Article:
On the Road With Opera Iowa

Written by Brianne Sanchez

[dropcap]I[/dropcap]ntoxicating music, vivid scenery and passionate performers: These three engaging components spark the ovations earned by the Opera Iowa Educational Touring Troupe. And, for singers who manage to look beyond days in weighty satin and nights in cramped quarters, this same trio of charms can spark on-the-road romance as well.

As soprano Ashley Cutright testifies, “He was Papageno and I was Papagena in ‘The Magic Flute.’ We played bird catchers together.” The “he” in Cutright’s showmance is Andrew Wannigman, a baritone who became her boyfriend, thanks to Opera Iowa’s eye for stage chemistry when casting last year’s troupe.

“It’s not the first time people have fallen in love on the Opera Iowa tour,” Cutright declares. She and Wannigman cite several past instances of cast mates coupling up, then getting engaged and married—long after taking final bows on the rural school stages where Opera Iowa troupes traditionally appear.

Of her 10 weeks crisscrossing the state in a loaded-down van, logging roughly 100 performances with her colleagues, Cutright says, “It’s like MTV’s Real World for opera singers. We get close immediately.”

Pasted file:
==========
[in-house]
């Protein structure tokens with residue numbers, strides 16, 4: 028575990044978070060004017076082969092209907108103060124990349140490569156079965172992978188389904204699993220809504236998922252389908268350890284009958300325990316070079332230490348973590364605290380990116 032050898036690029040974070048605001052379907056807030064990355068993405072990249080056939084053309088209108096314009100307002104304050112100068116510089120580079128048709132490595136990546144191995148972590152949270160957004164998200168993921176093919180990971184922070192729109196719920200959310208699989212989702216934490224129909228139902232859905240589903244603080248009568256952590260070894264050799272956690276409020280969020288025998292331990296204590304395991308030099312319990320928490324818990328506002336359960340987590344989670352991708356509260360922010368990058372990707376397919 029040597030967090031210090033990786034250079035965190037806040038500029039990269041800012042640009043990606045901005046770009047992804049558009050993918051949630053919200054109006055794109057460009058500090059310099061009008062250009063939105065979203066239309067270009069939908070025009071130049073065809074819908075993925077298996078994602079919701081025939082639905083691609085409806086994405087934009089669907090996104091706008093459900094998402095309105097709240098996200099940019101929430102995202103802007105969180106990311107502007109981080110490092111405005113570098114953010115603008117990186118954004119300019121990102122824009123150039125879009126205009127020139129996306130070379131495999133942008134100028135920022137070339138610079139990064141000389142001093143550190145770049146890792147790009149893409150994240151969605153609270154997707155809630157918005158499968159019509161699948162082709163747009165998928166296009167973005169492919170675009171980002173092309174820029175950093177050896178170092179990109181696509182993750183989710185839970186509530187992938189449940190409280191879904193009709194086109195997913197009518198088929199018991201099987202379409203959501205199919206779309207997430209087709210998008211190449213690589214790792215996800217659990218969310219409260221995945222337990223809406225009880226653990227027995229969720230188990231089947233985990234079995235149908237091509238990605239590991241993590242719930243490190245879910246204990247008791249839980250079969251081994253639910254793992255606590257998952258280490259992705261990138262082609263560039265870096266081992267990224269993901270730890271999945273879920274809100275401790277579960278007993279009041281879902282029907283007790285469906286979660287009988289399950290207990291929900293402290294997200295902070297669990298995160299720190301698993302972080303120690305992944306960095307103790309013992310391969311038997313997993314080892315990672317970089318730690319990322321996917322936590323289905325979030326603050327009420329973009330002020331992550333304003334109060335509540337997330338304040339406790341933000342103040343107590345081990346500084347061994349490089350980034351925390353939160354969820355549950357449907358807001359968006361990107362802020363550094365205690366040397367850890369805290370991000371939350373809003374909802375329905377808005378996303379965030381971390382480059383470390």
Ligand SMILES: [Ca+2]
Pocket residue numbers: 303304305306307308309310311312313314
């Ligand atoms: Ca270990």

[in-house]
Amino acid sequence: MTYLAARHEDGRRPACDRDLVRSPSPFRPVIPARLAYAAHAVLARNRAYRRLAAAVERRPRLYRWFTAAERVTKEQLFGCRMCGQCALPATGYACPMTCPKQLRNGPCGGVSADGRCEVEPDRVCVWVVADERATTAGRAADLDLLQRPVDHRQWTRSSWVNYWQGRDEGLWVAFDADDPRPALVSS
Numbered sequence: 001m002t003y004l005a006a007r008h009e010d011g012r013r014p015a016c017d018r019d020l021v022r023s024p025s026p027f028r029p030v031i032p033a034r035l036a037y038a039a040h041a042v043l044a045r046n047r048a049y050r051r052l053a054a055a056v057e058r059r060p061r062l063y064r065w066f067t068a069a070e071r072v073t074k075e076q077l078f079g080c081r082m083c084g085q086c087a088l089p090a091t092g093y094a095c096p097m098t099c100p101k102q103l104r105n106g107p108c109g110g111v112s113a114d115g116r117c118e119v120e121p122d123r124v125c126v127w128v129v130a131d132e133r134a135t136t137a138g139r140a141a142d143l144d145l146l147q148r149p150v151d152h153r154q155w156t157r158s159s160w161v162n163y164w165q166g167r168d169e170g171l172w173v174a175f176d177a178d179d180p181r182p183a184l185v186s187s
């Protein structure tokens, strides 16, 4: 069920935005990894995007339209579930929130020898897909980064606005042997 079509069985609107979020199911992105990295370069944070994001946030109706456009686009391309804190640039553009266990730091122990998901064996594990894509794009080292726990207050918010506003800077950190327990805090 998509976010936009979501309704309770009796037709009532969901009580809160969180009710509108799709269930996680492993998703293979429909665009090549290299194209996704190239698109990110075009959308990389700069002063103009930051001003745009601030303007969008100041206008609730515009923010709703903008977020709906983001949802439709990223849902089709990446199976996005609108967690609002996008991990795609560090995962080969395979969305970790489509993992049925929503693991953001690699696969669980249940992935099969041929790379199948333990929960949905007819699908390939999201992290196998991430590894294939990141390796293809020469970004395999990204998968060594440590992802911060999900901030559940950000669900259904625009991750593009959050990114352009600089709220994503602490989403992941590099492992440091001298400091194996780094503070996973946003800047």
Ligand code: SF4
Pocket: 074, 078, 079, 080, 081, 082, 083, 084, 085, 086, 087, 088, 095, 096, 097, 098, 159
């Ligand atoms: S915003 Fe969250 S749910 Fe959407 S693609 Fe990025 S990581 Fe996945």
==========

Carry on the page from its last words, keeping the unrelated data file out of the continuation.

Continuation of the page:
From late January to mid-April, during stop-offs along two-lane highways, the eight-person cast and crew strive to deliver high-quality shows twice a day. Since 1987, the troupe has performed for more than 700,000 people—not only across Iowa, but in nine other states and as far away as China and Japan.

The singers appreciate (even revel in) the chance to share their enthusiasm for their art with youngsters in their audiences. “I like the fact that kids don’t have preconceived notions about what opera is,” Wannigman says. “They’re willing to think of it as another cool means of expression. They don’t automatically dismiss it as elitist or boring.”

Bringing open minds to the performances becomes vital for the itinerant troupe, too. For example, their lunches are often served by school cafeterias, and may involve close encounters with mystery meats. Still, cast members are consistently delighted by the hospitality their venues offer. “Small towns roll out the red carpet for you,” Cutright says. “After 26 years of touring, Opera Iowa has built a reputation. Some schools put banners out. We get fan mail. It’s really heartwarming.”


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